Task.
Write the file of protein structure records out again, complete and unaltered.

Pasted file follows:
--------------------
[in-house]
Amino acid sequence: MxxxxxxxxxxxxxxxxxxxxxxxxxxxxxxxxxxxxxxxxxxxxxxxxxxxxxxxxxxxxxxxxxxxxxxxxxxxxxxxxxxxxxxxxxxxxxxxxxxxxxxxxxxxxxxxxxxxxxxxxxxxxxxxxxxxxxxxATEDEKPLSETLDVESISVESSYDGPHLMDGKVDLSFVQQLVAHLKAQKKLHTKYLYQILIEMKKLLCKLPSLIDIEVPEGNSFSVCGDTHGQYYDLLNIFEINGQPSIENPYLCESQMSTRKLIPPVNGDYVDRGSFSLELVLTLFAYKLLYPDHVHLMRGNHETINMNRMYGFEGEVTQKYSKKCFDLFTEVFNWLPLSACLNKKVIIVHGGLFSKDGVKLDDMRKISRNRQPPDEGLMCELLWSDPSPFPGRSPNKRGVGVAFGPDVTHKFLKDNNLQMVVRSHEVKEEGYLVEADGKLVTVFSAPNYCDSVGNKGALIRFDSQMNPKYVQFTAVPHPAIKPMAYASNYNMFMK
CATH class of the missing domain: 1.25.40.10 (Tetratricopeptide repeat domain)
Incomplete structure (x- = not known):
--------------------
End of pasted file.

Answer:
[in-house]
Amino acid sequence: MxxxxxxxxxxxxxxxxxxxxxxxxxxxxxxxxxxxxxxxxxxxxxxxxxxxxxxxxxxxxxxxxxxxxxxxxxxxxxxxxxxxxxxxxxxxxxxxxxxxxxxxxxxxxxxxxxxxxxxxxxxxxxxxxxxxxxxxATEDEKPLSETLDVESISVESSYDGPHLMDGKVDLSFVQQLVAHLKAQKKLHTKYLYQILIEMKKLLCKLPSLIDIEVPEGNSFSVCGDTHGQYYDLLNIFEINGQPSIENPYLCESQMSTRKLIPPVNGDYVDRGSFSLELVLTLFAYKLLYPDHVHLMRGNHETINMNRMYGFEGEVTQKYSKKCFDLFTEVFNWLPLSACLNKKVIIVHGGLFSKDGVKLDDMRKISRNRQPPDEGLMCELLWSDPSPFPGRSPNKRGVGVAFGPDVTHKFLKDNNLQMVVRSHEVKEEGYLVEADGKLVTVFSAPNYCDSVGNKGALIRFDSQMNPKYVQFTAVPHPAIKPMAYASNYNMFMK
CATH class of the missing domain: 1.25.40.10 (Tetratricopeptide repeat domain)
Incomplete structure (x- = not known):